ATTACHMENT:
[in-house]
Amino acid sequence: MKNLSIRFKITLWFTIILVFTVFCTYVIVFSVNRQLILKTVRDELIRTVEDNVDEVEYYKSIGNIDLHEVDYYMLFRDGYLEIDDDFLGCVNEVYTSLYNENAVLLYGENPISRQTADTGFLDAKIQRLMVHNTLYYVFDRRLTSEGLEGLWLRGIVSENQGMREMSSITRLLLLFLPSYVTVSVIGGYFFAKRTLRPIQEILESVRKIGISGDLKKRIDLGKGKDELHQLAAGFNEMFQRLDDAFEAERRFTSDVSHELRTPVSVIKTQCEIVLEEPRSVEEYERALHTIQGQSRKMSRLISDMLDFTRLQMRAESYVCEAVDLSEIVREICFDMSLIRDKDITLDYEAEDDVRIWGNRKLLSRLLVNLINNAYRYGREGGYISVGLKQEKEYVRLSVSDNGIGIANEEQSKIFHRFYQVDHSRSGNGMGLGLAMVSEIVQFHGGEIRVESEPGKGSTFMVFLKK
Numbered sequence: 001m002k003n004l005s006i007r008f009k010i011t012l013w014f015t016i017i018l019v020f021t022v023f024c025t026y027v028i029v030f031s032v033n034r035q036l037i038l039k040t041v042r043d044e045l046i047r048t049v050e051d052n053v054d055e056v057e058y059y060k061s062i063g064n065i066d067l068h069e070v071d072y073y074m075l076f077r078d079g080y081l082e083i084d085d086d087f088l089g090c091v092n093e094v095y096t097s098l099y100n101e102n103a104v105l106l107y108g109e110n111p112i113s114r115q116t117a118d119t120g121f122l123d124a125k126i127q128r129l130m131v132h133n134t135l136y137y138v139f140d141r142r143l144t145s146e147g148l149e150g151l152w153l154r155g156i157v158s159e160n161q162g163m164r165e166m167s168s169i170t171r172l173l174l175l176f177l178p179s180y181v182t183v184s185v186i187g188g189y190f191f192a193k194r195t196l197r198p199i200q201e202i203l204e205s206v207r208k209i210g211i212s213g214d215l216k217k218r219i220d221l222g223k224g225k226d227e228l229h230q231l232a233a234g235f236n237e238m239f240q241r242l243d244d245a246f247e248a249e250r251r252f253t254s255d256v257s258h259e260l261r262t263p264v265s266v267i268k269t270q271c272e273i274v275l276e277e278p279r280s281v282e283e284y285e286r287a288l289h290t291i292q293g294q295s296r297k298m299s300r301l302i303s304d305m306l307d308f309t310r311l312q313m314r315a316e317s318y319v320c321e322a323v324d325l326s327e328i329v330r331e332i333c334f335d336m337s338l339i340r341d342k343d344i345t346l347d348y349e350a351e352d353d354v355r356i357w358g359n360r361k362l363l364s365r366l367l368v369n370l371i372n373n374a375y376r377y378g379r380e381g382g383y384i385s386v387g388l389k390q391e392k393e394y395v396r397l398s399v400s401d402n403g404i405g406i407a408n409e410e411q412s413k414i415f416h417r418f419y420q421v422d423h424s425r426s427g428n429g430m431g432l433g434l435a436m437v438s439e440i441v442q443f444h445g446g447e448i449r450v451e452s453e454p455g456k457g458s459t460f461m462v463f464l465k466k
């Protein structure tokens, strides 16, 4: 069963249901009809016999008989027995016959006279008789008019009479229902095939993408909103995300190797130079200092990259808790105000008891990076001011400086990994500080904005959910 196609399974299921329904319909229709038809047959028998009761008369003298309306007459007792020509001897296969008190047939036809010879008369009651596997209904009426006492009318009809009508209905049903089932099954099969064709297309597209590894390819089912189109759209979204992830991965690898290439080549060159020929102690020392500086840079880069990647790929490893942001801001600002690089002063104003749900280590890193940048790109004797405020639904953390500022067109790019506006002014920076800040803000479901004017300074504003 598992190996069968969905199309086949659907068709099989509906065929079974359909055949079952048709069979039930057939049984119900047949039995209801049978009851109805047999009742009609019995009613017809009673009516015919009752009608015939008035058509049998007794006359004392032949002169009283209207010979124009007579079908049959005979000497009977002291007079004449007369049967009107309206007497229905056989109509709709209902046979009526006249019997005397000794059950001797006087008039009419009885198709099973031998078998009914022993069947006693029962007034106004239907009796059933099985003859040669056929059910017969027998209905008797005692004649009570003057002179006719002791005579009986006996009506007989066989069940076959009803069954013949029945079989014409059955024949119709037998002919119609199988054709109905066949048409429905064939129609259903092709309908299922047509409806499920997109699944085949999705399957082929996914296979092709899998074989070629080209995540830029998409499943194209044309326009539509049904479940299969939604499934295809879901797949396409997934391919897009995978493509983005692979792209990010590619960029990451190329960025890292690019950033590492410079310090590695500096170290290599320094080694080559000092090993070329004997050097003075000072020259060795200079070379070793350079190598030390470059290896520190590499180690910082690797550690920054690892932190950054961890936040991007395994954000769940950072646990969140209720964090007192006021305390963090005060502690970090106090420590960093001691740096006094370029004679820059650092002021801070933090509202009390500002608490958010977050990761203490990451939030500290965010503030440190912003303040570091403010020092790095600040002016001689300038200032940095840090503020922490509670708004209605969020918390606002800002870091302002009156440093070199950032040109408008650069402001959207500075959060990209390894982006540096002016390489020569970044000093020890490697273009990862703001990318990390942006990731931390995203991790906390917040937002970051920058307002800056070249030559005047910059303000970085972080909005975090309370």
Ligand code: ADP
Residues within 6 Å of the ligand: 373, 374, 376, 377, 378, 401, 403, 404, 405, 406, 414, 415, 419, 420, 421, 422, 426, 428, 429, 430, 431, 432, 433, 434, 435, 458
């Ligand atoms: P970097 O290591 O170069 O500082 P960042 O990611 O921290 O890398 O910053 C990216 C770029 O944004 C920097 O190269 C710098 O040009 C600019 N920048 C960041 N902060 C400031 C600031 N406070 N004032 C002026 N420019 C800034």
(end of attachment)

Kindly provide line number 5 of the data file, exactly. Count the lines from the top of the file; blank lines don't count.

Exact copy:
Ligand code: ADP